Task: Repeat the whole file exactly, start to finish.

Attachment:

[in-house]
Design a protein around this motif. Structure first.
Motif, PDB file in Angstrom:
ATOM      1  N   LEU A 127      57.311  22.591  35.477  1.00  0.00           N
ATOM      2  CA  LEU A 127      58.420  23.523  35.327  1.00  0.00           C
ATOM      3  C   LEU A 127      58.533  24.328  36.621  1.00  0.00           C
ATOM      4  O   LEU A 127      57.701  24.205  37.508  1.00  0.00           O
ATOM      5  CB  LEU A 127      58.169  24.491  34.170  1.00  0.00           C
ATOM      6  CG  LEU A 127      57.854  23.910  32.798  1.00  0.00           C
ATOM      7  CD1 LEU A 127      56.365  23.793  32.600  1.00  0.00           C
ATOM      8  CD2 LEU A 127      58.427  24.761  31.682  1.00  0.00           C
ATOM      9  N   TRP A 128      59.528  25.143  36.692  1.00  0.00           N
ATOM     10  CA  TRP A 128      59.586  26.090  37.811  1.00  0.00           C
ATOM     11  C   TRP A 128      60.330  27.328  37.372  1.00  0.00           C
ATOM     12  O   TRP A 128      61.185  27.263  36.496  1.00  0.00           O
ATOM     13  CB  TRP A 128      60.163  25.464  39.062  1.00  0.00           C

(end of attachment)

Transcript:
[in-house]
Design a protein around this motif. Structure first.
Motif, PDB file in Angstrom:
ATOM      1  N   LEU A 127      57.311  22.591  35.477  1.00  0.00           N
ATOM      2  CA  LEU A 127      58.420  23.523  35.327  1.00  0.00           C
ATOM      3  C   LEU A 127      58.533  24.328  36.621  1.00  0.00           C
ATOM      4  O   LEU A 127      57.701  24.205  37.508  1.00  0.00           O
ATOM      5  CB  LEU A 127      58.169  24.491  34.170  1.00  0.00           C
ATOM      6  CG  LEU A 127      57.854  23.910  32.798  1.00  0.00           C
ATOM      7  CD1 LEU A 127      56.365  23.793  32.600  1.00  0.00           C
ATOM      8  CD2 LEU A 127      58.427  24.761  31.682  1.00  0.00           C
ATOM      9  N   TRP A 128      59.528  25.143  36.692  1.00  0.00           N
ATOM     10  CA  TRP A 128      59.586  26.090  37.811  1.00  0.00           C
ATOM     11  C   TRP A 128      60.330  27.328  37.372  1.00  0.00           C
ATOM     12  O   TRP A 128      61.185  27.263  36.496  1.00  0.00           O
ATOM     13  CB  TRP A 128      60.163  25.464  39.062  1.00  0.00           C